From Semester 1, 2023 our undergraduate programs will be delivered on campus. Graduate programs will mainly be delivered on campus, with dual-delivery and online options available to a select number of subjects within some programs.
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This subject examines the law and economics of globalisation. It begins with an overview of economic impacts of trade liberalisation and lays out why there are winners and losers. It proceeds with a discussion of current trends in globalisation and relates them to the evolving geopolitical context. It then examines the legal instruments available to States to manage economic pressures resulting from increased globalisation and to counter (potentially) trade-distorting practices of their trade partners. These include the existing legal instruments at the international level under the WTO treaties, such as anti-dumping/anti-subsidy measures and safeguards, as well as more recent innovations at the domestic level relating to matters like currency manipulation, economic coercion, transnational subsidies, foreign investment screening, differences in environmental/labour standards, and distortions arising from economies and sectors with substantial government involvement.
The principal substantive topics that will be addressed in this subject will include:
- The economic rationale behind international trade agreements, including:
- the economic benefits of globalisation;
- the distributional impacts of trade liberalisation; and
- the role of policy coherence.
- Current issues in global trade and trade policy and justifications for the legal tools States resort to, in order to manage these aspects of globalisation, such as:
- concerns around unfair trade practices;
- an evolving geopolitical context;
- supply-chain resilience; and
- "global commons"- and related issues such as climate change.
- The primary legal tools in this regard at the international level, to address certain economic impacts of trade liberalisation. Our focus is on the trade remedy tools under the WTO treaties; namely:
- anti-dumping measures;
- anti-subsidy measures;
- safeguards under the WTO treaties.
- New and emerging legal tools at the domestic level in jurisdictions like the EU, US, Australia and India to manage trade distortions such as:
- currency manipulation;
- economic coercion;
- transnational subsidies;
- foreign investment screening;
- lower environmental/labour standards; and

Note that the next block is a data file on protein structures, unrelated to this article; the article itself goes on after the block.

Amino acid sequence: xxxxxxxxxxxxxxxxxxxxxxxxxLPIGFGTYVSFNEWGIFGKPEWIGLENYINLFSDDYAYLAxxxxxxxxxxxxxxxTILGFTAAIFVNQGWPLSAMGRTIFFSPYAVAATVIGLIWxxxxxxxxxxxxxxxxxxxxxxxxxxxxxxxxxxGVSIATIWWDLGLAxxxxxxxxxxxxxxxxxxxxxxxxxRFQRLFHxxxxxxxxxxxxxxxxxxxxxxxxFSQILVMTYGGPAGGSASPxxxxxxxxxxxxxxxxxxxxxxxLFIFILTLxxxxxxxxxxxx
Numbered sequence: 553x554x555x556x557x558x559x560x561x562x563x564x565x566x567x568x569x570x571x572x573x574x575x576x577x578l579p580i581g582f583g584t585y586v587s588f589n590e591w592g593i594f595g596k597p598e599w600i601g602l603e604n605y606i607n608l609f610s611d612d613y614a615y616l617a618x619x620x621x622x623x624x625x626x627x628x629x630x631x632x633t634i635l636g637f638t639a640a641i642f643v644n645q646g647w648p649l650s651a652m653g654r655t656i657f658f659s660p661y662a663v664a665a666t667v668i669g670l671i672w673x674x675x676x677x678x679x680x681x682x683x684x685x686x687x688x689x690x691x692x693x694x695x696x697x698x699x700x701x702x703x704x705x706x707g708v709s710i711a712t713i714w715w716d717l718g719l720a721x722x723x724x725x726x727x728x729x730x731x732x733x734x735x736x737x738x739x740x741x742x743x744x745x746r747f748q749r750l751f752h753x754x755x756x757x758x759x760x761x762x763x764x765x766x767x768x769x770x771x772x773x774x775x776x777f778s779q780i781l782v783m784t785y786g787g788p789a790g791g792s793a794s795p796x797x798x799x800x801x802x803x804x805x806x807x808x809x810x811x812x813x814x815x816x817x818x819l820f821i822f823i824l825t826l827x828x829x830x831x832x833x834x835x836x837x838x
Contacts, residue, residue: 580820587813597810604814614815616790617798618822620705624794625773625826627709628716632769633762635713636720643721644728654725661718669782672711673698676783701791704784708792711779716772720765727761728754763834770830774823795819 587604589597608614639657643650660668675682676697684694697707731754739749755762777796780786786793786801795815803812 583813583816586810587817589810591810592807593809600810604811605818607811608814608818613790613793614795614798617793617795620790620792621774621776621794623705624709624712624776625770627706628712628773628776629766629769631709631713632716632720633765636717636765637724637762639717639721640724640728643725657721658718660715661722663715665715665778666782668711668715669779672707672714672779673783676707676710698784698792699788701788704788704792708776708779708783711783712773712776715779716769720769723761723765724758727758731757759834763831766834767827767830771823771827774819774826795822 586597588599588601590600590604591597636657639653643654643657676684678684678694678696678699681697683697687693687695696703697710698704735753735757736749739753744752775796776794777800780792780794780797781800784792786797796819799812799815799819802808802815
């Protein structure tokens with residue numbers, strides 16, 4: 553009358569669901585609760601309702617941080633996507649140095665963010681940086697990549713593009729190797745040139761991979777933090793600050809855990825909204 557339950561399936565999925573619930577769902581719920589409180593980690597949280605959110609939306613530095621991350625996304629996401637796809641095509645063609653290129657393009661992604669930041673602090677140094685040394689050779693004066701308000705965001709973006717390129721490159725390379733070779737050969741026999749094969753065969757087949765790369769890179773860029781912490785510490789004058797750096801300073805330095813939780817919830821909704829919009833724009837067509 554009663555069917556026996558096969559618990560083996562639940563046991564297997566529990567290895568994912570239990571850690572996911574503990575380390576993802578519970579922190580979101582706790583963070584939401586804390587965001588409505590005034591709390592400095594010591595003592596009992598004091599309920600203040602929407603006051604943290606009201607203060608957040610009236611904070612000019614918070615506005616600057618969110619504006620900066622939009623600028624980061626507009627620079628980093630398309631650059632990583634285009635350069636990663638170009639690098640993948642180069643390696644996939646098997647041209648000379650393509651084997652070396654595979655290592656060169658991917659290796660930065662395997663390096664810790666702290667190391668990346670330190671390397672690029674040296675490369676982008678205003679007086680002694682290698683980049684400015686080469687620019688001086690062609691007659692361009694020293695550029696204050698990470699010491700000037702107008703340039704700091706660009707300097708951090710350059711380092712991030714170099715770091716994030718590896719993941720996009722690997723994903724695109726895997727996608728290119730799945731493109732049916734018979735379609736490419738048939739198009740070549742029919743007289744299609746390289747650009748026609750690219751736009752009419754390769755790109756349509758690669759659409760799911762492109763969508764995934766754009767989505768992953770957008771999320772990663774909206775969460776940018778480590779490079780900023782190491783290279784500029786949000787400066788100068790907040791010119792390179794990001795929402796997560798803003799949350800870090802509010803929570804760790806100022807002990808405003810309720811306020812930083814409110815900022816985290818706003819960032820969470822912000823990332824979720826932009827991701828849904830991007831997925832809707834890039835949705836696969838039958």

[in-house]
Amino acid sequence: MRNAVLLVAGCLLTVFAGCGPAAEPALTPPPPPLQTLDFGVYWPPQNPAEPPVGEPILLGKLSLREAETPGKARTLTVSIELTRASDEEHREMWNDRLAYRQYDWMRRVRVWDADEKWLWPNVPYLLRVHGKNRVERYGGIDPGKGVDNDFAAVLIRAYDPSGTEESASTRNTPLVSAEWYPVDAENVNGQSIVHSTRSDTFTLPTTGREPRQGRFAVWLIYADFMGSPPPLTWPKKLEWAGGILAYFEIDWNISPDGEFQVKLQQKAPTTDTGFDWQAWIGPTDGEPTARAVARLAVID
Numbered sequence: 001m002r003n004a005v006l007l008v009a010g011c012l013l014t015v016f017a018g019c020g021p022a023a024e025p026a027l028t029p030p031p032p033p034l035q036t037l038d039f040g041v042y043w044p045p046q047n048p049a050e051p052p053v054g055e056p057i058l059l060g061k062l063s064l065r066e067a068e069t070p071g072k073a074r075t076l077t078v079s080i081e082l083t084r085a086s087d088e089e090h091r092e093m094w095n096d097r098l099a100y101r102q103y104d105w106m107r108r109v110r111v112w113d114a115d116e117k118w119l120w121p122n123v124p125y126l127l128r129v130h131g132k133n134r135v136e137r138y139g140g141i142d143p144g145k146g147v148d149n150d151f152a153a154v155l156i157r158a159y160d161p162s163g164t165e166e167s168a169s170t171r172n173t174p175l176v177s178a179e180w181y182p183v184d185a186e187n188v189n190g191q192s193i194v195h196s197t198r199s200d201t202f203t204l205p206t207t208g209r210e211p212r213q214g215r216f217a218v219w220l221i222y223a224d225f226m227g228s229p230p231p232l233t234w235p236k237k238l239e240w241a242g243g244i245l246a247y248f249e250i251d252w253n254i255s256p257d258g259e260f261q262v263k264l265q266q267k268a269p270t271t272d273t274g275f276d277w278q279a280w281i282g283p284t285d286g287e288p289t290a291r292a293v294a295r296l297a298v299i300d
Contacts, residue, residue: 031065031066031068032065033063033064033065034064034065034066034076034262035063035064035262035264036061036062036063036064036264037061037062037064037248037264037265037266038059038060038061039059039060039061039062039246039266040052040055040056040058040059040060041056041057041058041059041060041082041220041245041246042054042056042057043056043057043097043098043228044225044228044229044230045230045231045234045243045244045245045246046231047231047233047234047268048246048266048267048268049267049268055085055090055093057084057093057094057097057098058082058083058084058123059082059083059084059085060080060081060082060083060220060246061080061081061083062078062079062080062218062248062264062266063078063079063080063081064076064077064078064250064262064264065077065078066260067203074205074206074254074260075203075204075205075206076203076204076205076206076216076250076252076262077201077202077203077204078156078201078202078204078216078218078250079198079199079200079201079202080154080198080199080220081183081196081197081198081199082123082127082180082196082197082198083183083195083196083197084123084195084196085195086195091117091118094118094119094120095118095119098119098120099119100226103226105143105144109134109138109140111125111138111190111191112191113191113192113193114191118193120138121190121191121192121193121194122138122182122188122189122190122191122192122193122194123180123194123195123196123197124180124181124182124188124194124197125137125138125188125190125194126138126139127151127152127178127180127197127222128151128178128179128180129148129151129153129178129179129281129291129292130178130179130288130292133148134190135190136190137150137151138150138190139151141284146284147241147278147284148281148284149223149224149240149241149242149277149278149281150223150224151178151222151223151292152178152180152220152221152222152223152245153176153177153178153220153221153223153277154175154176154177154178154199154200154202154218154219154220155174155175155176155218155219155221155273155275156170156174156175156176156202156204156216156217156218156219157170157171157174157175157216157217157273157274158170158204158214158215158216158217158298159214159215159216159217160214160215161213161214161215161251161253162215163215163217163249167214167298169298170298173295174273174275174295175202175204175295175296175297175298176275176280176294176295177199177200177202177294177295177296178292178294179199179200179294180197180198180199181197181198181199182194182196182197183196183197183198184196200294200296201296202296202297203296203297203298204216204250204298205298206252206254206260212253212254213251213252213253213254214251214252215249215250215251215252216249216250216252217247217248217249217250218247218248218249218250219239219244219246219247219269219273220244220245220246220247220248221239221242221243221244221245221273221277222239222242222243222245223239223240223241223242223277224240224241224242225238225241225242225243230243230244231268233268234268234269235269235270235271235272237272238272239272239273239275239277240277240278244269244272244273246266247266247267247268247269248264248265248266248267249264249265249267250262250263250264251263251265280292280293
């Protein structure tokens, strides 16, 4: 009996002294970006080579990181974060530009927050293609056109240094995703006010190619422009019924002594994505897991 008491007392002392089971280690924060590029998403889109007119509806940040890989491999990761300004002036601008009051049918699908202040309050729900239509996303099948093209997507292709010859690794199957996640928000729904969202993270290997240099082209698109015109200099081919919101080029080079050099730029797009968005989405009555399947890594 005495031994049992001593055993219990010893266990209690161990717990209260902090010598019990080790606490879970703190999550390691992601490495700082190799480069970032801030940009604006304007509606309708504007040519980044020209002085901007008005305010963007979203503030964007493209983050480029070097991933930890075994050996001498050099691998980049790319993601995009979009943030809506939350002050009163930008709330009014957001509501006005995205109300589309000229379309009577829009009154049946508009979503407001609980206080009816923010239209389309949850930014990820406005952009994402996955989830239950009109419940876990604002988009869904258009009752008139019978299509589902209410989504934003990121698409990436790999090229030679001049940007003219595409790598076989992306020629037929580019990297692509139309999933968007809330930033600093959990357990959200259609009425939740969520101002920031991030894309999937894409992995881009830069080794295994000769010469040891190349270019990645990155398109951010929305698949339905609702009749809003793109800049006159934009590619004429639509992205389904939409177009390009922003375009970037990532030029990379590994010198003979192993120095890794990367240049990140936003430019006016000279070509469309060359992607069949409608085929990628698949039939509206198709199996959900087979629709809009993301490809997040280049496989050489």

- issues relating to non-market economies.
Intended learning outcomes
A student who has successfully completed this subject should be able to:
- Explain the economic rationale behind international trade agreements, the economic benefits of globalisation, the distributional impacts of trade liberalisation and the role of policy coherence
- Apply knowledge of the existing legal instruments at the international level to address certain economic impacts of trade liberalisation, especially the "trade remedy" tools under the WTO treaties; and justify the economic rationales underlying these tools
- Analyse and contextualise current issues in global trade and trade policy, and why States are innovating with new legal tools for addressing these issues
- Identify and examine new and emerging legal tools at the domestic level for addressing trade distortions.
- Have the communication skills to articulate and convey complex information regarding globalisation to relevant specialist and non-specialist audiences
- Be an engaged participant in debate regarding controversies surrounding the fallout of globalisation and reactionary trends
- Have the cognitive and technical skills to independently examine, research and analyse existing and emerging legal issues relating to international trade and investment
- Be able to demonstrate autonomy, expert judgment and responsibility as a practitioner and learner in the field of trade remedies law
- Be able to critically examine, analyse, interpret and assess the effectiveness of these legal rules
- Be able to interpret and apply, at an advanced level, certain key WTO agreements, including advocating a particular position in a given hypothetical, potential or past case
- Have the cognitive and technical skills to generate creative and critical ideas relating to international trade and investment, particularly in view of the current geopolitical challenges generally, as well as specific competitiveness-concerns relating to the environment (climate change), labour, national security, and State-led capitalist models.
Last updated: 24 January 2023